In this case it was a quite obscure, technical and specialised rule that had been broken, my client was trying to make a case for having not been fully aware of it, which he genuinely hadn’t been, and unfortunately it doesn’t look like the excuse is going to be accepted.

Since the information on France’s requirements for legal residence for EU incomers is so easily available from so many sources, I wouldn’t put too much money on leniency.


(Paul Flinders) #74

As they say “ignorance of the law is no defence” - however it is true that it can be a mitigating factor in determining the punishment.

In normal times I’d agree but there might suddenly be a lot of people in the system with minor irregularities - it will probably be preferable to be lenient (within reason) than suddenly having 10’s (or even 100’s) of 1000’s of people going through the courts with appeals etc or being turfed out of the country, having to sell houses etc (which might well affect property markets and communes adversely).


(David Martin) #75

Moving to France has been, in a way, too easy. I’ve known people who treated it more like moving to a different county more than a different country. I also know several families, many friends and colleagues from my previous life, who spend time between their French and British houses who play the system completely because it’s much easier than registering their cars, entering the health system or completing a tax return. Some of them have probably spent 9-10 months a year in France for the past 8-10 years but remain British residents. I wonder if more than a few of them aren’t regretting their choices now as they are starting at the bottom if they decide to take that step and apply for a CdS. Social media pages are full of people wh ‘didn’t realise that they had to’ or ‘forgot’ to do tax returns for the many years that they have lived in France. One possible good outcome of Brexit is that the British citizens who do want to live here will have to conform. Brexit or not the rules for residency and visiting are pretty easy to follow.


(Nigel Roberts) #76

My monthly estimates for additional items of expenditure:

Annual CH Boiler Service 14€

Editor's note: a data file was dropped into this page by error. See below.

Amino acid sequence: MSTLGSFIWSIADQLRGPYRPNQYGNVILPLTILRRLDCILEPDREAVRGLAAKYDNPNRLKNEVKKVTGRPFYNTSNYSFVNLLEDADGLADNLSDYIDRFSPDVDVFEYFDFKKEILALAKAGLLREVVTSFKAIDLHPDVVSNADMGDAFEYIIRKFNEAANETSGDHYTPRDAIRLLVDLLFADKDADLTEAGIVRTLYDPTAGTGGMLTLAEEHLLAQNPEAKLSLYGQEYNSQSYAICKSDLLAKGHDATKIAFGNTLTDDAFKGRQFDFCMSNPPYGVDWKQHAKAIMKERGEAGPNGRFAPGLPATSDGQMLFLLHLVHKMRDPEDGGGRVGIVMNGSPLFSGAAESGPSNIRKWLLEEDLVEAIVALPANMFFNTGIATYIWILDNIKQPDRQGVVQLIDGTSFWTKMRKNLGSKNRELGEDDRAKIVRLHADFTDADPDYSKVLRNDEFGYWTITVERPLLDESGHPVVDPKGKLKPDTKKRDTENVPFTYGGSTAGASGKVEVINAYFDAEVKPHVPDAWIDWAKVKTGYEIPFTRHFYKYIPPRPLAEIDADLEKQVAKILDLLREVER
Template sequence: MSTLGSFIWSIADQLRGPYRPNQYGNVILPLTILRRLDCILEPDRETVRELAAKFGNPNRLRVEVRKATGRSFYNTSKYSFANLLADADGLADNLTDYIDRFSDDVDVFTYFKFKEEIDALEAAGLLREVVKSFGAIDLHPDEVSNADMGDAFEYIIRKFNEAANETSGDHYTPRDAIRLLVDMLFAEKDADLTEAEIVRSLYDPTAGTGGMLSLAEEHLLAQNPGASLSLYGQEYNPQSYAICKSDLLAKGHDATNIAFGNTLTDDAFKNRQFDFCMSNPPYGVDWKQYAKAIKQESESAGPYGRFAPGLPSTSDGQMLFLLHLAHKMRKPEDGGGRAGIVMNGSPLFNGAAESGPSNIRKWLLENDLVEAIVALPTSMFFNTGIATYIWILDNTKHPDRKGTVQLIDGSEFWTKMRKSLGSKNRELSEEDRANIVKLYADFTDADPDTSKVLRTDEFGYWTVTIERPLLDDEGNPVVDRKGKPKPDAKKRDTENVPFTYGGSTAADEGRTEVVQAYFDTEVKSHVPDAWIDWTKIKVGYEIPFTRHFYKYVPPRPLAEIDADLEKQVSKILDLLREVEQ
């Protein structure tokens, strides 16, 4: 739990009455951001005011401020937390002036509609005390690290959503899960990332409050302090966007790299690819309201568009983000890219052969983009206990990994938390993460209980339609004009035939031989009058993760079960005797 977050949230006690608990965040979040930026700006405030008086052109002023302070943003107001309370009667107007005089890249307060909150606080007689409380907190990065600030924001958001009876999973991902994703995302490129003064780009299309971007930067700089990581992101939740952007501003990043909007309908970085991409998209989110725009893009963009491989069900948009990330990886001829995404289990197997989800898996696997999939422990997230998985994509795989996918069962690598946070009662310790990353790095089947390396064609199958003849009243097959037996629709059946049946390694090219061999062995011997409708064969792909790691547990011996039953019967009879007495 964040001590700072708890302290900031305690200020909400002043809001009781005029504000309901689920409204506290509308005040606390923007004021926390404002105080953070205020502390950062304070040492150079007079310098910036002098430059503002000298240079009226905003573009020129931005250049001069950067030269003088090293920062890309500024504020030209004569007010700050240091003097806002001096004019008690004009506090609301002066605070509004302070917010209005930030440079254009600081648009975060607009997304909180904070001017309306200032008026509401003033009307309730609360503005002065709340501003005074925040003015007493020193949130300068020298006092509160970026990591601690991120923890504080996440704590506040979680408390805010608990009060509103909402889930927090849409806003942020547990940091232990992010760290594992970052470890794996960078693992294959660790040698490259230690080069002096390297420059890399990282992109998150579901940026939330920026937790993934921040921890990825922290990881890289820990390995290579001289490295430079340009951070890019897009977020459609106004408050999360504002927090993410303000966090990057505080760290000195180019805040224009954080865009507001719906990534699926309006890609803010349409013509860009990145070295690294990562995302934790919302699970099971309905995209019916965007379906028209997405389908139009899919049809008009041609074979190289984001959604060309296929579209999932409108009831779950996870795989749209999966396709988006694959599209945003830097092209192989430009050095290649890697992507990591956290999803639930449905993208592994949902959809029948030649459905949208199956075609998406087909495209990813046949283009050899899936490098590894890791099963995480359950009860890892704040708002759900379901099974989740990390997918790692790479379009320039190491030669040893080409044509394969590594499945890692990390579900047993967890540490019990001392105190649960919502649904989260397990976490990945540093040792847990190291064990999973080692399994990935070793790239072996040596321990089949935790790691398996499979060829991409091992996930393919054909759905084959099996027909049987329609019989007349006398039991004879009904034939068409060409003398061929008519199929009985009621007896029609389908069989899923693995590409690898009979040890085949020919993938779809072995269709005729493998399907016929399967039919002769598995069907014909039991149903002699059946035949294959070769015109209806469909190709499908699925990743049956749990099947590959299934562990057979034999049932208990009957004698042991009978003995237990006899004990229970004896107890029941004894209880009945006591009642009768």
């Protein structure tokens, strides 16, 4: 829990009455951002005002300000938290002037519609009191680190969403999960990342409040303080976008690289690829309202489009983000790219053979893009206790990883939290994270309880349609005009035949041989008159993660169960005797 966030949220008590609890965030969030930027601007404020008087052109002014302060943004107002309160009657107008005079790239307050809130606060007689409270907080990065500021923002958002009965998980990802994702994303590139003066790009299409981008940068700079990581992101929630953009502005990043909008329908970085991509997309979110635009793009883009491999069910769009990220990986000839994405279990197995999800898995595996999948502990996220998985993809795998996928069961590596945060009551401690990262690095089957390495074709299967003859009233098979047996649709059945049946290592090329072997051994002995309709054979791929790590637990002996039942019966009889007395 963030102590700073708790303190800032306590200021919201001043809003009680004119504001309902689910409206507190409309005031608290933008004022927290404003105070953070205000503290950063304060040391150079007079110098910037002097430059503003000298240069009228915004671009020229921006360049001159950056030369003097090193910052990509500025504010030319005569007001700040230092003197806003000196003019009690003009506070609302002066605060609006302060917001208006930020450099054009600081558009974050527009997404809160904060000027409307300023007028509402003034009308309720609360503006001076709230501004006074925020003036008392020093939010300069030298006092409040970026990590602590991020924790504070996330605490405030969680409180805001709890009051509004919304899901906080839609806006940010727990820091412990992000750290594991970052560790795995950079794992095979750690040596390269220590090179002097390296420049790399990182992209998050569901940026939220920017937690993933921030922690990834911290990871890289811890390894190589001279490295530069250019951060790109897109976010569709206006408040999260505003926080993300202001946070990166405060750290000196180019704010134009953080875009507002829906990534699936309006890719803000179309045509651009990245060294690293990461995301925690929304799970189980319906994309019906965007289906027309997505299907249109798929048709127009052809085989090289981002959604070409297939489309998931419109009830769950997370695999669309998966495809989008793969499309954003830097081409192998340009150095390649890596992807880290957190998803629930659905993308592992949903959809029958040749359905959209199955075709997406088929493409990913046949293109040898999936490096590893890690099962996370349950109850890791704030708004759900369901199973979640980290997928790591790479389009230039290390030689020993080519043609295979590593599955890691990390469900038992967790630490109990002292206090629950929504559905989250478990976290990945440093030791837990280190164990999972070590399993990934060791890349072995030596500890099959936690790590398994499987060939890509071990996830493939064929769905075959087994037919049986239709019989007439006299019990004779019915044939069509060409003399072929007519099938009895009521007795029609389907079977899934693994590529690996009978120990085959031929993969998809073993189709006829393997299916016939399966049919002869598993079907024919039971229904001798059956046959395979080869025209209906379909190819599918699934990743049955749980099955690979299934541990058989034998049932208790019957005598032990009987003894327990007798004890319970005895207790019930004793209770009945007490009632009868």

TV 8€ (Our Orange package includes landline/internet/mobile/TV for around 70€)
Clothes (including dry cleaning) 25€
Banking 10€
Entertainment 50-150€
Medication ???

My motoring costs are in excess of 200€ - but that’s because I run a gas guzzler.


(Helen Wright) #77

Anna if I couldn’t get my head round “obeying” my ex husband when I got married then I feel it unlikely that I’ll ever be able to get my head round “obeying” anyone or anything…least of all dictatorial presidents/governments/leaders…it doesn’t mean to say that I don’t love Brittany…love my humble little home…love you…love everyone on this forum…love my family and everyone in my homeland…

I keep saying it but at some point this will re-solve…whether I phone DWP and ask for “the letter” or whether I take out a temporary private health insurance…whatever…I just don’t consent to being dictated to by a fiction…


(Paul Flinders) #78

It does seem very simple compared with some other European countries.


(Anna Watson) #79

Do you really think there would be that many? It’s not as if there hasn’t been enough warning of Brexit and enough talk of citizen’s rights, and even after the New Year there will still be 3 months to get ducks in a row if necessary. I just cannot comprehend why 10s of 1000s of people would sit there, do nothing and get themselves into this position.
You may be right about an amnesty and let’s hope you are, but I suspect it may also depend on how the UK is seen to be treating EU migrants, and I wouldn’t want to bet on that being overflowing with goodwill - hostile environment and all that.


(Anna Watson) #80

Do you really not see any difference between not doing what your husband says, and not doing what the government says? Do you not feel the need to obey any laws at all? I find that a bit scary. But I don’t understand “dictated to by a fiction”.


(Helen Wright) #81

I’m quite happy to acquiesce to the natural laws of the universe…any natural law that harmonises with my own heart and my own internal moral compass…

“the fiction” is all governments councils countries heads of states etc…they are all corporate entities…registered in commerce…

If there was a “government” somewhere truly acting in the best interests of it’s people then I would maybe change my perception of government…until some purported leader somewhere actually displays compassion towards their fellow human beings then I don’t deem them worthy of my respect…